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Aetna Sells Portion of Medicare Business to Fast-Track CVS-Aetna

Aetna has sold its Medicare D business to WellCare in order to improve the likelihood that the CVS-Aetna merger closes in 2018.

Aetna sells Medicare D businesses to fast-track CVS-Aetna merger.

Source: Thinkstock

By Thomas Beaton

- Aetna has sold its Medicare Part D prescription plan business of 2.2 million beneficiaries to WellCare in an attempt to increase the likelihood of the CVS-Aetna merger closing before year’s end.

In SEC filings, Aetna explained that WellCare will own Aetna’s national Part D business operations in 2020, which is not likely to impact Aetna’s other Medicare-sponsored business products. WellCare is now anchored to the CVS-Aetna merger since its Part D acquisition will only complete once the CVS-Aetna merger closes.

The filings indicate that Aetna pursued the sale in support of its CVS merger but did not disclose further details of the transaction. Aetna stated that the purchase price of the sale was “not material” and it will continue to administer and retain the business’s financial components until 2020.

WellCare will fully fund the purchase of Aetna’s Part D business through available cash reserves and will need to go through additional regulatory approvals before a close.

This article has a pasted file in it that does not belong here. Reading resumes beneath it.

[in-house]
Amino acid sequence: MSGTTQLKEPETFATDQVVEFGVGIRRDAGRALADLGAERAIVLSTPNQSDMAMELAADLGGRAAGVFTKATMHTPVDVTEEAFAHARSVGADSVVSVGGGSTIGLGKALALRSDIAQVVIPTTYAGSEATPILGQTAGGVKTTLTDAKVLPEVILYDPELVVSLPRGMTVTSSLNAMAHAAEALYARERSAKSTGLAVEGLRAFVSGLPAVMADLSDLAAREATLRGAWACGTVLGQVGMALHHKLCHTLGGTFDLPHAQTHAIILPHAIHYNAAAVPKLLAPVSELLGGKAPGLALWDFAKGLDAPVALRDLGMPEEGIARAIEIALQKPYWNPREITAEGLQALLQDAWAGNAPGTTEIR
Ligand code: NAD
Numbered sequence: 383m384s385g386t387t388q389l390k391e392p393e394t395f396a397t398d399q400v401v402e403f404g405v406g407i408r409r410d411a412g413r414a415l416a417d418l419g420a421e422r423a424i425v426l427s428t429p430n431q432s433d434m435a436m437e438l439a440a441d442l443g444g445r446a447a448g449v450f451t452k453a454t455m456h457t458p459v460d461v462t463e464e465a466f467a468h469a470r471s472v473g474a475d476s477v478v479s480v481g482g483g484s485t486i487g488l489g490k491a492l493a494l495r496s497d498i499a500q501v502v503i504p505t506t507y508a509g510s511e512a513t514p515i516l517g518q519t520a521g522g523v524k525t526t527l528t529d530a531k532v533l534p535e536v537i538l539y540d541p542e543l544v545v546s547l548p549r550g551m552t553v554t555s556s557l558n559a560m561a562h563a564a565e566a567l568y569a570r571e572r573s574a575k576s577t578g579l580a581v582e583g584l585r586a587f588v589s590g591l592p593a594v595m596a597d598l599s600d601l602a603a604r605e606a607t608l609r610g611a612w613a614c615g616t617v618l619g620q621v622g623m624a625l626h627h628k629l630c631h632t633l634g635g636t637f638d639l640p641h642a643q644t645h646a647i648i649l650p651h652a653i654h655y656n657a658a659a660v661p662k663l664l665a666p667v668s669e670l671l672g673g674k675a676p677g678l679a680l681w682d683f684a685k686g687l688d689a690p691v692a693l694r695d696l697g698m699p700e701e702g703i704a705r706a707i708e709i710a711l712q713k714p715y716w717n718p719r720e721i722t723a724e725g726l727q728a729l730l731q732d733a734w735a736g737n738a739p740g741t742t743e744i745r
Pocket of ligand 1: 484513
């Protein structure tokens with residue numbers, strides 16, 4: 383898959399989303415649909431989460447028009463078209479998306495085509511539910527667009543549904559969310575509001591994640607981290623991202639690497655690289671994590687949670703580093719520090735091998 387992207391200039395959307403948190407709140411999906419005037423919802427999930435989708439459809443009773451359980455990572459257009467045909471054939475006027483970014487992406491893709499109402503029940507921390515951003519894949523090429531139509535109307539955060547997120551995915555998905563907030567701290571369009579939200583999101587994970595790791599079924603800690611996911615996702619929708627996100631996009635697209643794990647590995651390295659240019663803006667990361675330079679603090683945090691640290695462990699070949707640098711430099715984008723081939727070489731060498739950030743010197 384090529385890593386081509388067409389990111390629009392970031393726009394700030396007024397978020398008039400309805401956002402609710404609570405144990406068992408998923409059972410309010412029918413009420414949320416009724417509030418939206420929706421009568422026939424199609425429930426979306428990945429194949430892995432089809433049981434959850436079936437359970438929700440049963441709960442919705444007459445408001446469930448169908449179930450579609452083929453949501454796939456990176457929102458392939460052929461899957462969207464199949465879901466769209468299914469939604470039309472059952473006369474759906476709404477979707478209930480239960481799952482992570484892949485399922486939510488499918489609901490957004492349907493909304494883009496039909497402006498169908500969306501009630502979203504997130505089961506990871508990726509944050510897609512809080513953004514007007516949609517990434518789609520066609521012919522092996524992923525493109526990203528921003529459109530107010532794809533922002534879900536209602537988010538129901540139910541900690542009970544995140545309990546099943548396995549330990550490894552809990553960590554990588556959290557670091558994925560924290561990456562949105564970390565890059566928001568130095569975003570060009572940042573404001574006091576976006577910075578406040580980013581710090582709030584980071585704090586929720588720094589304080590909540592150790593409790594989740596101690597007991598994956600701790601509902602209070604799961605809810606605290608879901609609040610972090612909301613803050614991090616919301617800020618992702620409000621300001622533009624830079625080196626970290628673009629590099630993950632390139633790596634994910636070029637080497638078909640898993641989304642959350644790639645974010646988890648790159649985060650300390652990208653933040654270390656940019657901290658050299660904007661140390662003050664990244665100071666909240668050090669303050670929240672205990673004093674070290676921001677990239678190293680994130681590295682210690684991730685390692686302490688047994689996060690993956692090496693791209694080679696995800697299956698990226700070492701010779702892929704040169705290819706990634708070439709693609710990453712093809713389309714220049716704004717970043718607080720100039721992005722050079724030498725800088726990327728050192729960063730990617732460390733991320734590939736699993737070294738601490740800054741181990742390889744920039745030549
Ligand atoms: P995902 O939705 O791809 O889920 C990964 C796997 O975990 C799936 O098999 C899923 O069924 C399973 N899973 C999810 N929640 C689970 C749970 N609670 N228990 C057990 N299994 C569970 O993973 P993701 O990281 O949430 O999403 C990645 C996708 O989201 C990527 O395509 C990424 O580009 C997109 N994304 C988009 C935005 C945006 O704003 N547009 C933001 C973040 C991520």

In a separate filing, CVS Health expressed optimism about the merger’s closing and the potential for the WellCare’s Part D acquisition to assist toward that end.

CVS Health said that Aetna’s divestiture is a significant step toward completing the Department of Justice’s (DoJ) review of the merger, and that both Aetna and CVS are engaged in productive discussions with the DoJ. Aetna’s divestiture of may lower the chance that regulators see the merger as an opportunity for both companies to monopolize the pharmacy benefit industry.

Aetna’s divestiture follows industry efforts to counter the merger.  

The American Antitrust Institute warned the DoJ about the potential anti-competitive effects of a CVS-Aetna merger, including higher prices for consumers and limited consumer choice for pharmacy services. The American Medical Association also urged the federal agency to block the CVS-Aetna merger which the organization argued would lead to higher consumer prices, lower pharmacy benefit manager competition, and reduced payer competition.

“There is every indication that extensive vertical integration resulting from the proposed merger would raise prices, reduce choice and stifle innovation in markets for PBM services, health insurance, retail pharmacy, and specialty pharmacy,” said AMA President Barbara L McAneny, MD.

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